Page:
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BioMed Research International
Volume 2015, Article ID 479134, 2 pages
http://dx.doi.org/10.1155/2015/479134
Editorial

Intensive Care Medicine Science: An Art Based on Applied Physiology?

1Geneva Medical School, 1211 Geneva, Switzerland
2Intensive Care Service, Geneva University Hospitals, Geneva Medical School, 1211 Geneva, Switzerland
3Service de Réanimation Médicale Brabois, Vandoeuvre lès Nancy, France
4University of Minnesota, Regions Hospital Pulmonary and Critical Care Division, 640 Jackson Street, St. Paul, MN 55455, USA

Received 30 September 2014; Accepted 30 September 2014

Copyright © 2015 Karim Bendjelid et al. This is an open access article distributed under the Creative Commons Attribution License, which permits unrestricted use, distribution, and reproduction in any medium, provided the original work is properly cited.


The provision of complex medical care in the intensive care unit (ICU) environment is challenging as the established goals of intensive care are to reduce the morbidity and mortality related to critical illness, maintain organ function, and restore health. Despite technological advances, the prevalence of death in the ICU remains a serious problem. Even if it is unlikely that intensive care medicine is recognized as an evidence-based process, the present reality reveals that scientific proof regarding patient management is very rare [1]. However, this medicine is pathophysiology based, and it necessitates the monitoring of physiological abnormalities to treat the patient. Indeed, outcome prediction models measuring the severity of illness of patients admitted to the ICU use physiological variables to predict hospital mortality. For instance, from the clinical and medical management perspective, the state-of-the-art Simplified Acute Physiology Score (SAPS) model is frequently used.

In the present state of medical knowledge, it is important to account for human physiology when treating critically ill patients, as these patients often present with circulatory failure. Understanding the properties of cardiovascular physiology is an excellent example of how general principles are useful in comprehending hemodynamic instability and shock states [2]. Therefore, from a physiological point of view, mastering the cardiovascular physiology and identifying the pathophysiological mechanisms and archetype involved in shock allow the physician to manage each situation according to the specific characteristics of the state of the patient.

In the first half of the 20th century, there was considerable confusion among physiologists regarding the combined role of the heart and vasculature in determining flow and pressure in the cardiovascular system [3]. Currently, our understanding of these subjects is constantly evolving. As part of the present special issue, respected researchers and physiologists provide an outline of the important advances in cardiovascular physiology and the great progress made in recent years within this discipline. The present papers take a deeper look at selected physiological principles and main beliefs that are the basis of intensive care medicine. In fact, the present papers investigate physiological principles using various techniques described in humans and animal experimentation. In addition, in the present issue, the use of mathematical and simulated models as alternative methods is highlighted as a potential way to study specific cases in diverse vessels. These papers, which describe numerical simulations of flow, ranging from the geometry of steady flow in rigid vessels to unsteady flow with elastic vessel walls, deserve further attention as several flow and wall models are compared. Finally, all of these works reinforce our use of these principles in clinical decision-making.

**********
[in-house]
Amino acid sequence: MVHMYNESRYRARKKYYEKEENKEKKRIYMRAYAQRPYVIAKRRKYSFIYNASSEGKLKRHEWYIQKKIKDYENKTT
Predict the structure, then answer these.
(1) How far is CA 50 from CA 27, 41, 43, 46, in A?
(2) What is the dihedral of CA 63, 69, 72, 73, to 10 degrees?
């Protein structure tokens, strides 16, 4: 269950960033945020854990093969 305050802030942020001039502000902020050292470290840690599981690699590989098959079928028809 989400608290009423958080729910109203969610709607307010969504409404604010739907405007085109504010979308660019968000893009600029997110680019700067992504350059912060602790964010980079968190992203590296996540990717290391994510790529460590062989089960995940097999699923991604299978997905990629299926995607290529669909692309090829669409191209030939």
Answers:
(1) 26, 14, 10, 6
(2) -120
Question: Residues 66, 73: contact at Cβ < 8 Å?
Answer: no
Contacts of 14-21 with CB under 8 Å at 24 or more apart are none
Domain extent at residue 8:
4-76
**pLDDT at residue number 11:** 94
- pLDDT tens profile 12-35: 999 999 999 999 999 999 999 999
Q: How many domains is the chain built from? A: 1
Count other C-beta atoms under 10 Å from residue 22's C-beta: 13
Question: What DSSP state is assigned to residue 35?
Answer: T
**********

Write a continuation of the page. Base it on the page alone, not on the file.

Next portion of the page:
Thus, it must be established and accepted that specific cardiovascular physiology concepts are essential if and only if an appropriate form of intervention or treatment could be administered based on this knowledge. Indeed, it is important to note that our way of thinking about cardiovascular physiology in the ICU may sometimes be imperfect as views and understanding need to evolve [4]. Certainly, in the present state of knowledge, the most significant advantage of mastering cardiovascular physiology in critically ill patients is the capability to recommend new methods of treatment for shock.

Karim Bendjelid
Bruno Levy
Alain Broccard

References

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